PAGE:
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Where is Home?

Thankful for Our Readers Giveaway: Sheila is giving away a copy of A Late Frost, the newest book in her Orchard mystery series. Leave a comment below for a chance to win.

by Sheila Connolly

Writers are often asked “what kind of book do you write?” and we’re stuck either with trotting out a term that we know readers will recognize (“cozy,” “thriller,” “suspense,” “paranormal, “romance” and so on), or we find ourselves splitting hairs (“well, it’s kind of a cozy, but there are no pets and there are three bodies in the story who died gruesome deaths, but there’s a happy ending”). There is no rule book that sets the absolute standards, and even if there were, publishers change their minds a lot about how they categorize (and shelve) their books.

Those of us who write multiple series also have to try to make each series distinct. You can’t just keep writing the same story, but changing the name and the profession of the heroine and the name of the adorable scenic small town with at least two good-looking single guys hanging around and a soaring murder rate that began when our heroine moved to town.

I think I write in a sub-sub-genre: the young woman who has been slapped in the face by adversity (lost a job/a fiance/family) and comes crawling back to (her old home town/a beloved relative’s house/a place where nobody knows her) and sets about making a new life for herself—while solving murders, of course.

I have my own personal reasons for taking this route, mainly because my family moved from town to town or sometimes state to state about every three years when I was young. That meant I was always the new kid, having to figure out a new school and make new friends. (Throw in entering the teen years and things get even worse.) Plus my mother hated my father’s side of the family and refused to have anything to do with them, and on her side, she had no siblings, her mother was an orphan, her father was an only child—so the net result was no close family anywhere.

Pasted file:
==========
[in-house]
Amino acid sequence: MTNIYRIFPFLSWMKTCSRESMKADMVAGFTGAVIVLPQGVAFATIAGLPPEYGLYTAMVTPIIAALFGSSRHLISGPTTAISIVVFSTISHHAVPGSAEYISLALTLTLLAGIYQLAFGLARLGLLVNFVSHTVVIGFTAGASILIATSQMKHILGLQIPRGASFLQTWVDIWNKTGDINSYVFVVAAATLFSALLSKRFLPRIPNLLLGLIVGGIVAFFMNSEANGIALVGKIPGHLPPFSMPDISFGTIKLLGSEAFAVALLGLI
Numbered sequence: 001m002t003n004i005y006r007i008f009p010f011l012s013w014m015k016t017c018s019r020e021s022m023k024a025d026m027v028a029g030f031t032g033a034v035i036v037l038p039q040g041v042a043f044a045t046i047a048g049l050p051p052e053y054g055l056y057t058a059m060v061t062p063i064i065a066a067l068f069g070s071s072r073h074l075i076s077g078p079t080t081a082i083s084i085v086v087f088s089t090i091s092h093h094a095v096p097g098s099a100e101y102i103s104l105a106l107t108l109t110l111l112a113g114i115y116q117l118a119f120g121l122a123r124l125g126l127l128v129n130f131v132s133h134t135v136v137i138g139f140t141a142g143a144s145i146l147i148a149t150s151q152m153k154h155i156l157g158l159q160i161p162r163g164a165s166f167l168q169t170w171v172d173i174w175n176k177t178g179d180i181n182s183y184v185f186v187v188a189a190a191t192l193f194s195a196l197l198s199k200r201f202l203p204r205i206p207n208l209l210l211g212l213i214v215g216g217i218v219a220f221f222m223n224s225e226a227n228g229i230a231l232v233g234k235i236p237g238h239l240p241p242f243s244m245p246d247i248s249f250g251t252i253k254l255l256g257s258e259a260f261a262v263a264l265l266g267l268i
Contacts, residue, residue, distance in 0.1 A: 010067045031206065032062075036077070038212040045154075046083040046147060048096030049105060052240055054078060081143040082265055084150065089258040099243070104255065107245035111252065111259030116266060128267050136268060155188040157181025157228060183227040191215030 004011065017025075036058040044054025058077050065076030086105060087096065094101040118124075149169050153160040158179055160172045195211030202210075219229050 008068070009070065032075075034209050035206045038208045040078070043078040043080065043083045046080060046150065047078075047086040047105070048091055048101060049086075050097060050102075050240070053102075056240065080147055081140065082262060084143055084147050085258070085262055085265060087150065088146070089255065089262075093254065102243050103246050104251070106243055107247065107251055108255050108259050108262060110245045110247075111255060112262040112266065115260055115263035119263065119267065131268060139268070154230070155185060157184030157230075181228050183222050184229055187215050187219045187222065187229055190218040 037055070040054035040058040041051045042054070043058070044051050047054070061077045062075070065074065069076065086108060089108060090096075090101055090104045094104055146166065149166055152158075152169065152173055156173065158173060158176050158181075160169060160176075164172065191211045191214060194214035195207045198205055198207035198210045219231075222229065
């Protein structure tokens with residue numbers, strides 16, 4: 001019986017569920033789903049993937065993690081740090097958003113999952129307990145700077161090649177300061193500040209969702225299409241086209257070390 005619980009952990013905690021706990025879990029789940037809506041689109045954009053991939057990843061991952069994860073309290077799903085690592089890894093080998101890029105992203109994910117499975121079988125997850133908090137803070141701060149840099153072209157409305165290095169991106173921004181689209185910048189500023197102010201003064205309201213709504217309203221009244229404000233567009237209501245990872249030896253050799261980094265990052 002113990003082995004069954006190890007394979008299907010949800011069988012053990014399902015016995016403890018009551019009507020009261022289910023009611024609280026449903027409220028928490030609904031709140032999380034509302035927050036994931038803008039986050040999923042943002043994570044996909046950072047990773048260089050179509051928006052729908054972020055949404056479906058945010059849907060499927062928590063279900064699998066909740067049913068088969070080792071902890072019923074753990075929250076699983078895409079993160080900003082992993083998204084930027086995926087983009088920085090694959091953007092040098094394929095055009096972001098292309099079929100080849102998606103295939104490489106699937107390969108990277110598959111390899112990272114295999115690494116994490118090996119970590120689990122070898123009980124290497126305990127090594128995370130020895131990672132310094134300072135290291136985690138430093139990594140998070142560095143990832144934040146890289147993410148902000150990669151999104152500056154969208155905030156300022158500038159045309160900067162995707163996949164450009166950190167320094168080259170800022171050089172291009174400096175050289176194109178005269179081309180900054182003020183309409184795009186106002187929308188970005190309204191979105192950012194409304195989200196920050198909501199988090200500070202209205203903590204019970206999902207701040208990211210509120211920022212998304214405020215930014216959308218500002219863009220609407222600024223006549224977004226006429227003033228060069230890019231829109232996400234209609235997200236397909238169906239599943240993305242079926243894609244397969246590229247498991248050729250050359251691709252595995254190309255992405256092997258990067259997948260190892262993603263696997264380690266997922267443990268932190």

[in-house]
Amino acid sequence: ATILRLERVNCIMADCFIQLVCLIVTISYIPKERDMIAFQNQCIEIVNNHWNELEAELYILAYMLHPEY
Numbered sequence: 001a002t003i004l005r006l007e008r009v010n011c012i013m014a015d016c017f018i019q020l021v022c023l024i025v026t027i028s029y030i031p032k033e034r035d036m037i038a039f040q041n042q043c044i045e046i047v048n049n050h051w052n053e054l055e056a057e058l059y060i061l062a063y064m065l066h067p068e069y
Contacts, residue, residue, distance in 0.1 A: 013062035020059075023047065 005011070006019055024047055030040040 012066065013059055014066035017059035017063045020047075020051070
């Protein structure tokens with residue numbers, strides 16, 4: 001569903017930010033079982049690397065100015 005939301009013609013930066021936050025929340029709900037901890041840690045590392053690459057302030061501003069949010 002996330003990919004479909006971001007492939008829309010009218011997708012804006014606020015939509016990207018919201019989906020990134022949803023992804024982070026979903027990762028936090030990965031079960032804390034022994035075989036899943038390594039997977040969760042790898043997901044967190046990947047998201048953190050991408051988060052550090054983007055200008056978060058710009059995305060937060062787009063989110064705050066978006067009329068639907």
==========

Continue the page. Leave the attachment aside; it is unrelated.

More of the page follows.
A 19th-century print of Henry David Thoreau’s house in Corcord

Is it any surprise that what I wanted most in life was (no, not another sibling—one was plenty) a place to call home? A place where I could feel a sense of belonging? And that’s not always easy to come by. So I create my own: I write about places like that. I write about women who face difficult situations and overcome them. These are ordinary women, not super-heroines, or  doctors or lawyers or law-enforcement officials. They are people who were living an ordinary life of their choice when they somehow got kicked off the rails, through no fault of their own, and they have to struggle to define themselves again, to figure out what they want out of life. And since I write fiction, in my books they succeed. It doesn’t matter whether they end up in the city or the country, or even in a foreign country: my heroines’ path is the same. They look for and find their place in the world.

I find that satisfying to write (as I said, for my own personal reasons), and I hope other people do too.

My only problem these days is that I’ve discovered not one but two “home” places: Massachusetts and West Cork in Ireland. Maybe I didn’t have much in the way of recent family members anywhere, but I have a lot of ancestors in both those places. So in a way I’m surrounded by family in either place.

This is Meg Corey Chapin’s house–which happens to be a real house in Massachusetts, built by my 7x-great-grandfather. It’s still there, minus the barn.
My Irish cottage, close to where my Connolly ancestors came from.


Tomorrow is the release day for A Late Frost, the eleventh book in the Orchard Mystery series. My heroine Meg started out according to my standard plan, but eleven books later she has a new profession, a new husband (Seth Chapin from next door) and her own niche in her small-town community. Now she’s the one people turn to, to find their way. Oh, and she’s still solving murders.

I’ll be giving away a copy of A Late Frost to someone who submits an answer to my question (by the end of Wednesday, November 8th): Readers, where do you call “home”?


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